A collaborative care and research initiative with a focus on prevention and treatment of Intellectual disability (ID) that is due to inborn errors of metabolism (IEM), which can be treated with diet or drugs. Health care policy and institutional culture is still operating under the old premise that all ID is incurable and thus, many children born with treatable ID are at risk of not being treated. To acknowledge the multidisciplinary scope and the ways in which health care professionals and researchers will collaborate, the goals of the TIDE BC project are demonstrated within a framework of 7 Work Packages: * Implementation of a new Protocol for diagnostic evaluation of ID, focusing of treatable conditions; * Development of infrastructure to facilitate implementation, evaluation and sustainability of the Protocol; * Investments into next generation genomic technologies; * Improving evidence of and access to treatments; * Evaluation and health economy; * Knowledge dissemination; * Education and Mentoring. The objectives addressed in all Work Packages reflect a highly integrated cluster combining clinical care, research, evaluation, and knowledge dissemination.

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NCBI BLAST

Web search tool to find regions of similarity between biological sequences. The program compares nucleotide or protein sequences to sequence databases and calculates the statistical significance.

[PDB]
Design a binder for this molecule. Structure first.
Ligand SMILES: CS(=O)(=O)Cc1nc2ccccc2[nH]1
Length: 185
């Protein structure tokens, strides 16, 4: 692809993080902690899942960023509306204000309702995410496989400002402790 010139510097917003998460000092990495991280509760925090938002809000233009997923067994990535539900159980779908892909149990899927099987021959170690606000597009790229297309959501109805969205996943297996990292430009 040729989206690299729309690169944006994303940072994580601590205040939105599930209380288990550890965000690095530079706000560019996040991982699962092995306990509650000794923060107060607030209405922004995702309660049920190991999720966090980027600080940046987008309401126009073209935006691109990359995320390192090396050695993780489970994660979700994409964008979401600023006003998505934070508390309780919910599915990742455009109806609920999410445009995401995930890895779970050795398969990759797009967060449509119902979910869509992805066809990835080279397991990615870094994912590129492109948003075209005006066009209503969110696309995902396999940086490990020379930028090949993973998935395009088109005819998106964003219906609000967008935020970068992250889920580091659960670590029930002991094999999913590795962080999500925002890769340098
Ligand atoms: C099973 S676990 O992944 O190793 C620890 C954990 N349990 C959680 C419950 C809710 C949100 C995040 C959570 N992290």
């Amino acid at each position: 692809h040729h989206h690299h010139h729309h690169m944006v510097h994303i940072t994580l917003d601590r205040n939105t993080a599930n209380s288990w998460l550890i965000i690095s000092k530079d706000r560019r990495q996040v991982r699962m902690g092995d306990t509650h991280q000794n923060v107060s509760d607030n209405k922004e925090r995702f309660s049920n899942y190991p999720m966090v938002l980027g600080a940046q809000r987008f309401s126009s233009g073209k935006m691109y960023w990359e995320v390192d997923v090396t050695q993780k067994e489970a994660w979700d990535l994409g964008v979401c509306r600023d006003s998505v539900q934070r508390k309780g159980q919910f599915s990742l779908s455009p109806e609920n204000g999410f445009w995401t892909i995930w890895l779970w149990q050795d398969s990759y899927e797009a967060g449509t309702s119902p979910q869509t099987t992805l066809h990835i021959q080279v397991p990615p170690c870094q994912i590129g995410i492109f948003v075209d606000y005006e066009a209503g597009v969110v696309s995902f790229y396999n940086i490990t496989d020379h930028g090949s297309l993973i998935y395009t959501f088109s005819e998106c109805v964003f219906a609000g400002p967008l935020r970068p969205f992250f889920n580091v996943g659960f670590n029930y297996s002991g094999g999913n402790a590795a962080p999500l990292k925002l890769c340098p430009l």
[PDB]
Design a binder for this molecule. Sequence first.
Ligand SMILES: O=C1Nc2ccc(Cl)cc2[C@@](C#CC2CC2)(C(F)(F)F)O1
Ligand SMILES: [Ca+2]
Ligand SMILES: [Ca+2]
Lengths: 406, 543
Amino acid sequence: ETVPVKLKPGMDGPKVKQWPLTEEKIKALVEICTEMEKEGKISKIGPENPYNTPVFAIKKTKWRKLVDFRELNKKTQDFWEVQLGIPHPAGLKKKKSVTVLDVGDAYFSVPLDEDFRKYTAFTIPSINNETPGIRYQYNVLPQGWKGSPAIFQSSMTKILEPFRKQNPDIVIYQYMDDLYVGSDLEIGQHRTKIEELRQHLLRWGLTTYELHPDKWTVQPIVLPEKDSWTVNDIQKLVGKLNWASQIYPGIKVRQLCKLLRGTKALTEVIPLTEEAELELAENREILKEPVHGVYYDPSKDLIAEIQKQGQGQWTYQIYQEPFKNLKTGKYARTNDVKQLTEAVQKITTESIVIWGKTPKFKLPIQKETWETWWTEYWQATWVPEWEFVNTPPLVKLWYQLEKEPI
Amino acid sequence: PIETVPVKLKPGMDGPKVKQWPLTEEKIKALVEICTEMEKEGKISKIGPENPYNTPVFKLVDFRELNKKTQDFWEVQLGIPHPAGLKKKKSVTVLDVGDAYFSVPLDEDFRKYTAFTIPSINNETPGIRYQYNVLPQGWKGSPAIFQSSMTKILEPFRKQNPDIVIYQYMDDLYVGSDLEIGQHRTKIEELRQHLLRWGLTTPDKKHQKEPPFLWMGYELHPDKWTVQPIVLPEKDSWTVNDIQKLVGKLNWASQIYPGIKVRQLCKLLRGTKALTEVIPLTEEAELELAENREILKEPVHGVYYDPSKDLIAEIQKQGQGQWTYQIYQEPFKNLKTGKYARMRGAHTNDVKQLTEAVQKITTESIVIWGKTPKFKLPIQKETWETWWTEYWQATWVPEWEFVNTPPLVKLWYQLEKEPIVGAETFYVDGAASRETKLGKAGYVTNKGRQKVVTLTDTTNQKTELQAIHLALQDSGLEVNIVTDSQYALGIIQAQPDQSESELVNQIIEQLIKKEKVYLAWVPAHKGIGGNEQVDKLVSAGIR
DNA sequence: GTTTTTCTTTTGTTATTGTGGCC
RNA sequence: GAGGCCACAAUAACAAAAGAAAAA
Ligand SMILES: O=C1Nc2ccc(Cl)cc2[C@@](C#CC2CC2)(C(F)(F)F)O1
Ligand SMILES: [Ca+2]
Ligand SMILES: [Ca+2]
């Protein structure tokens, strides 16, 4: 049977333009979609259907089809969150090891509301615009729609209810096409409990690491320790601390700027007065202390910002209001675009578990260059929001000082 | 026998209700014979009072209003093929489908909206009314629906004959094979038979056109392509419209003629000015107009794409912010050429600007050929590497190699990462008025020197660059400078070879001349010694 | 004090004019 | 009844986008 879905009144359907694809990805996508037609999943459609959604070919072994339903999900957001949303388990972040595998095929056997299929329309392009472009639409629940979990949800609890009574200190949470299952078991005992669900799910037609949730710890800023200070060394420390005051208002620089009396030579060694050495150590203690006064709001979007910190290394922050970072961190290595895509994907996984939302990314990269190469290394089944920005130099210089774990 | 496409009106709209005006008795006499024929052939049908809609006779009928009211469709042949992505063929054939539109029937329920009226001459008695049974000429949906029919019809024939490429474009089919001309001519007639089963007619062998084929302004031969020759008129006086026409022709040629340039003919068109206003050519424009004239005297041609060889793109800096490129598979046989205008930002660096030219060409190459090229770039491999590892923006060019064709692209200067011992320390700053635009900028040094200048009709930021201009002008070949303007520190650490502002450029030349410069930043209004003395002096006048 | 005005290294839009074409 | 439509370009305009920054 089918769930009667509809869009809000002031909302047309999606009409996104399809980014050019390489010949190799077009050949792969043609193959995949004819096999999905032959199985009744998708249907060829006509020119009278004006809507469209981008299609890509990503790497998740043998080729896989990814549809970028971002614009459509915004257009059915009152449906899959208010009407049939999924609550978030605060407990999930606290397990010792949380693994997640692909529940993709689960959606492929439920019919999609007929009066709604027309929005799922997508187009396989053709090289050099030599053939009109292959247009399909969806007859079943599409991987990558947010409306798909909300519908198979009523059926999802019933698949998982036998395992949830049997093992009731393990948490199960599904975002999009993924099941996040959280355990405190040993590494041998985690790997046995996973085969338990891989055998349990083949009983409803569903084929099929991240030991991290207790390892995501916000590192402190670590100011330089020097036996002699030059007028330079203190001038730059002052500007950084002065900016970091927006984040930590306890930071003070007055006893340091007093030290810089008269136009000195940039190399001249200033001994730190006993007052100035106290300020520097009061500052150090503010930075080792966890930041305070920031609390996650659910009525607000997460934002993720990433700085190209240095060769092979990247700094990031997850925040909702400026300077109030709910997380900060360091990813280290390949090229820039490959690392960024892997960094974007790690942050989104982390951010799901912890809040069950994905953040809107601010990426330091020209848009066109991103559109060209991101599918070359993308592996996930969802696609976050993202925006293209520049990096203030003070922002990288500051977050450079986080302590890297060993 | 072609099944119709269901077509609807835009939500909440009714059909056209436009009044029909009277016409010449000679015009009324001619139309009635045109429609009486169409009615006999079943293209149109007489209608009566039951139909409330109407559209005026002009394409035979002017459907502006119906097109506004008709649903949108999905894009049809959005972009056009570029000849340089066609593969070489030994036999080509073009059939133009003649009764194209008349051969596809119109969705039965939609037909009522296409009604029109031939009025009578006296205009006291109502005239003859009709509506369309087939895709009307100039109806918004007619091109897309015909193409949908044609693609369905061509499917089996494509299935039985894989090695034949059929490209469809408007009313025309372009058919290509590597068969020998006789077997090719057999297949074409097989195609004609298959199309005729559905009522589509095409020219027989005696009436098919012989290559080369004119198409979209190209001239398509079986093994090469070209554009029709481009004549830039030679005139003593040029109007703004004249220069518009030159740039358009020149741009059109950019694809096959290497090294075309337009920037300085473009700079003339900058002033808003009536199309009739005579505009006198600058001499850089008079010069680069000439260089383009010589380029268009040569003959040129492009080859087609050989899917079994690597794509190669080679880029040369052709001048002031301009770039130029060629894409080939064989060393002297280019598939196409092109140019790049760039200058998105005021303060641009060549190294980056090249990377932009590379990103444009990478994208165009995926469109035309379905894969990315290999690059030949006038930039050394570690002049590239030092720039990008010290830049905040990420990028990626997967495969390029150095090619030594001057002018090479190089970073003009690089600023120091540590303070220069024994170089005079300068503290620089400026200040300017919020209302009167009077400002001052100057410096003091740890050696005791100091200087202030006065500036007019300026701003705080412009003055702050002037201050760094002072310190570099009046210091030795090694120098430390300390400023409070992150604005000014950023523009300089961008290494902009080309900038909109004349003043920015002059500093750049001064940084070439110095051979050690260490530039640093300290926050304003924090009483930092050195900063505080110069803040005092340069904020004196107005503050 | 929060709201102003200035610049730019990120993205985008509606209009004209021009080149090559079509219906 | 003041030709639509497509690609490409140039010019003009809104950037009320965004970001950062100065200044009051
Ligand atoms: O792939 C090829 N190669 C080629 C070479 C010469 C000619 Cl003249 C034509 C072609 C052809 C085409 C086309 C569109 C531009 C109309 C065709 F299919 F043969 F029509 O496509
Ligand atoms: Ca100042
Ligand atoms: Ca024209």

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OMIM

Collection of human genes and genetic phenotypes, focusing on the relationship between phenotype and genotype. The full-text, referenced overviews in OMIM contain information on all known mendelian disorders and a variety of related genes. It is updated daily, and the entries contain copious links to other genetics resources.

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NHLBI Exome Sequencing Project (ESP)

The goal of the project is to discover novel genes and mechanisms contributing to heart, lung and blood disorders by pioneering the application of next-generation sequencing of the protein coding regions of the human genome across diverse, richly-phenotyped populations and to share these datasets and findings with the scientific community to extend and enrich the diagnosis, management and treatment of heart, lung and blood disorders. The groups participating and collaborating in the NHLBI GO ESP include: Seattle GO - University of Washington, Seattle, WA Broad GO - Broad Institute of MIT and Harvard, Cambridge, MA WHISP GO - Ohio State University Medical Center, Columbus, OH Lung GO - University of Washington, Seattle, WA WashU GO - Washington University, St. Louis, MO Heart GO - University of Virginia Health System, Charlottesville, VA ChargeS GO - University of Texas Health Sciences Center at Houston